Fesoterodine – USA

Fesoterodine – USA

On Aug. 09, 2017 Judge Sleet of District of Delaware upheld the validity of Toviaz (fesoterodine fumarate) patents challenged by Mylan.
Pfizer Inc. holds an approved New Drug Application (“NDA”) No. 02-2030 for fesoterodine fumarate extended-release tablets, in 4 and 8 mg dosage strengths, which Pfizer sells under the trade name Toviaz®. Toviaz® was approved by the United States Food and Drug Administration (“FDA”) in October 2008 for the treatment of overactive bladder with symptoms of urge urinary incontinence, urgency, and urinary frequency. Pursuant to 21 U.S.C. § 355(b)(l), and attendant FDA regulations, U.S. Patent Nos. 6,858,650 (the ‘”650 patent”), 7,384,980 (the ‘”980 patent”), 7,855,230 (the ‘”230 patent”), 7,985,772 (the “‘772 patent), and 8,338,478 (the ‘”478 patent”)(collectively, the “patents-in-suit”) are listed in Orange Book (OB). Collectively, the ‘980, ‘230, ‘772, and ‘478 patents may be referred to as the “Compound Patents” & the ‘650 patent as “salt patent”.
Mylan filed Abbreviated New Drug Application No. 20-6701 to the FDA seeking approval to market a generic version of Toviaz. On December 11, 2014, Mylan sent Notice of its Paragraph IV certifications & on January 23, 2015, Plaintiffs sued Mylan for patent infringement. The court held a bench trial on January 23, January 25, and January 26, 2017. Mylan argued that all asserted claims are invalid as obvious under 35 U.S.C. § 103. Mylan stipulated to infringement on all asserted claims of all asserted patents.

During trial Mylan argued that a POSA would have found it obvious to synthesize fesoterodine as an improved overactive bladder treatment. Mylan bases its theory on the prior art molecule tolterodineand its metabolite, 5-Hydroxymethyl Tolterodine (“5-HMT“). Mylan argues a POSA would have selected 5-HMT as a lead compound for an improved overactive bladder treatment. As of the May 12, 1998 priority date, overactive bladder treatments included negative limitations such as urinary retention, dry mouth, constipation, and central nervous system effects.  According to Mylan, a POSA seeking to create an improved overactive bladder drug would have focused on antimuscarinic compounds. Both parties agree that antimuscarinics were a popular treatment for overactive bladder at that time. Oxybutyninand tolterodine were the primary antimuscarinic compounds approved to treat overactive bladder in the United States. Lead compound analysis“requires the challenger to demonstrate .. . that one of ordinary skill in the art would have had a reason to select a proposed lead compound or compounds over other compounds in the prior art.” Daiichi Sankyo Co. v. Matrix Labs., Ltd, 619 F.3d 1346, 1354 (Fed. Cir. 2010).

(1) Lead compound analysis: Court said that Mylan’s lead compound theory is flawed for several reasons. First, Mylan failed to justify its expert’s narrow focus on tolterodine and 5-HMT. Pfizer’s expert, Dr. Maag, testified that researchers eschewed nonselective antimuscarinic compounds and were actively pursuing a number of different strategies in search of improved overactive bladder treatments. In contrast, Mylan’s expert, Dr. Carson, posited that 5-HMT seemed to be “at the forefront” of overactive bladder compounds, which made it prime for further investigation. Dr. Carson acknowledged that nothing in the prior art suggested administering 5-HMT to patients, which contradicts focusing on 5-HMT as a lead compound. The court finds Dr. Maag’s testimony more persuasive because it is consistent with the field of overactive bladder treatment as of the priority date. The court therefore concludes that a POSA would have considered tolterodine and 5-HMT in addition to several other lead compound.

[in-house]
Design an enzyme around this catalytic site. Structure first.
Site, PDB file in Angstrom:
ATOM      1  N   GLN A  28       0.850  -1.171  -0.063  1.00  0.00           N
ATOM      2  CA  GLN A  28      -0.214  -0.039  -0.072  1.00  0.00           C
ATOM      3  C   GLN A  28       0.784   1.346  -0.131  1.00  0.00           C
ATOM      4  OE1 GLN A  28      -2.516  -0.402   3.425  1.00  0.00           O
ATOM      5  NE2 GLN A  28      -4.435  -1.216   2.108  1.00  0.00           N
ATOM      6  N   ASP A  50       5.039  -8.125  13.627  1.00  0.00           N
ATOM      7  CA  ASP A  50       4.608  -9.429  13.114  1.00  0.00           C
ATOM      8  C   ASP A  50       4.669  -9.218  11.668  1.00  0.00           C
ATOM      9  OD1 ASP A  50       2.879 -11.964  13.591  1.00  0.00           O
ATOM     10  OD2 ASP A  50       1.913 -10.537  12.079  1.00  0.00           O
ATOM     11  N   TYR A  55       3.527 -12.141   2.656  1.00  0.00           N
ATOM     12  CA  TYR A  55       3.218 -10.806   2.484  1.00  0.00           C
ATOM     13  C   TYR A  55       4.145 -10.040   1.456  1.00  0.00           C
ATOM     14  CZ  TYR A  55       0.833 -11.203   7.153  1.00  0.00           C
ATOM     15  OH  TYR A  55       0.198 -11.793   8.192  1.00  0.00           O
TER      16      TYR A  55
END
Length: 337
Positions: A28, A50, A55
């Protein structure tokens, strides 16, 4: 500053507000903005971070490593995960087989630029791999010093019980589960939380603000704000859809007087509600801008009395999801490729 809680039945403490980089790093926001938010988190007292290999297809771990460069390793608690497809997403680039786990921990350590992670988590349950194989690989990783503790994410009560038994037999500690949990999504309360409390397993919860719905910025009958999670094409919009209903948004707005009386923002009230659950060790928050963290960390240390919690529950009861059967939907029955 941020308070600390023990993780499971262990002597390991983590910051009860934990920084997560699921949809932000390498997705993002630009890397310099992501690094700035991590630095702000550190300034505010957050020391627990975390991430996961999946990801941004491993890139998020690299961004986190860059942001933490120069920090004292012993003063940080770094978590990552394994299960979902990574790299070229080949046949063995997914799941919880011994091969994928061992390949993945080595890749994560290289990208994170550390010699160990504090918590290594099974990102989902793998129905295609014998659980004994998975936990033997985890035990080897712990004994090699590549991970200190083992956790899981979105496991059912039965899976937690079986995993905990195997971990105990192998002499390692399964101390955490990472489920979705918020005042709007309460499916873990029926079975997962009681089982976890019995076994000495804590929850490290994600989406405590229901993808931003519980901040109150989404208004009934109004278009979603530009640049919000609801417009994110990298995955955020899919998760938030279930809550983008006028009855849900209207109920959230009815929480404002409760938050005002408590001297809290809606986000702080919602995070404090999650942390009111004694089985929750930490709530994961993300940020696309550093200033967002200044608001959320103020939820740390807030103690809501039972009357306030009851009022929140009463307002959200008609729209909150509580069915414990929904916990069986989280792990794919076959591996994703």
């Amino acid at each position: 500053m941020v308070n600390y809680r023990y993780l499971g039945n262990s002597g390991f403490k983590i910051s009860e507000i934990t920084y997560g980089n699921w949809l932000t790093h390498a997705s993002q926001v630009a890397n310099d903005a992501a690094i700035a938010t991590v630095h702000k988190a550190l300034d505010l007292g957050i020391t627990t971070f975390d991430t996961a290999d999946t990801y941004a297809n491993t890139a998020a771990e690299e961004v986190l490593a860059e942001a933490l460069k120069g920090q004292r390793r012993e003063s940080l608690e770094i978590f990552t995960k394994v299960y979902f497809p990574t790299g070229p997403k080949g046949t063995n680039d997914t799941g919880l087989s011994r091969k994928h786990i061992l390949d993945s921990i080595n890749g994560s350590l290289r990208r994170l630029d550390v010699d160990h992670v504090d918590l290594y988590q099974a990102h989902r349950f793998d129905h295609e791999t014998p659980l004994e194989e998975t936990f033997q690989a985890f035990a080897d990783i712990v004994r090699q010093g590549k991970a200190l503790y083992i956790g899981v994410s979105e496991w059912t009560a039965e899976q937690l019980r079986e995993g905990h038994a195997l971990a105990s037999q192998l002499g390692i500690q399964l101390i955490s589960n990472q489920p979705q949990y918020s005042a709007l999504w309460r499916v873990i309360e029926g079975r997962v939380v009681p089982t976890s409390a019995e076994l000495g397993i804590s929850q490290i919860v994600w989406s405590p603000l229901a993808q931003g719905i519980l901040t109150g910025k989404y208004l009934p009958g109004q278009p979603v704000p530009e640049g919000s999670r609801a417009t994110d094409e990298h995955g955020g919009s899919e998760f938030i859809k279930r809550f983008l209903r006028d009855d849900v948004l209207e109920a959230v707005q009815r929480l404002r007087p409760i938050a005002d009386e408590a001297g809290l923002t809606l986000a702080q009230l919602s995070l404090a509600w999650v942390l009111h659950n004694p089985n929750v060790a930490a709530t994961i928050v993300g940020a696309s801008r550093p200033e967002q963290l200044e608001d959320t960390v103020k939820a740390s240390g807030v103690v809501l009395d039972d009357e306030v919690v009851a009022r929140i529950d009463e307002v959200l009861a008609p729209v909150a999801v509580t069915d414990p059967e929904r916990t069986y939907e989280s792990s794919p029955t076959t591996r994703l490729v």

Second, even if a person of skill in the art would have focused on tolterodine and 5-HMT, tolterodine did not have problems that would have caused a POSA to develop 5-HMT. Mylan contends that the metabolism of tolterodine to arrive at 5-HMT presented a concern. In response, Pfizer argues that a POSA would not have ignored the prior art references that taught polymorphism was not a problem for tolterodine because poor and extensive metabolizers experienced nearly identical effects from the drug. Mylan’s expert, Dr. Janero, supported the conclusion that there is no evidence that any POSA would have disregarded these conclusions, undermining the weight of Mylan’s assertions. The court believes that a POSA would not have disregarded these conclusions. Thus, the court concludes that polymorphism would not have motivated a POSA to shift focus from tolterodine to its metabolite, 5-HMT.
Third, Mylan argues that a POSA would have focused on 5-HMT instead of tolterodine because tolterodine was associated with certain side effects not attributable to 5-HMT.  The court is not persuaded. Dr. Carson’s testimony undermines the credibility of Mylan’s assertions. Dr. Carson admitted that the clinical data considered tolterodine and 5-HMT together and, as a clinician, he knew of no differences between the two compounds. Moreover, Dr. Maag testified that a POSA would have expected the benefits and limitations associated with tolterodine to also be associated with 5-HMT. At minimum, given the state of the art, a POSA could not have drawn inferences about whether tolterodine or 5-HMT was driving any one of the side effects.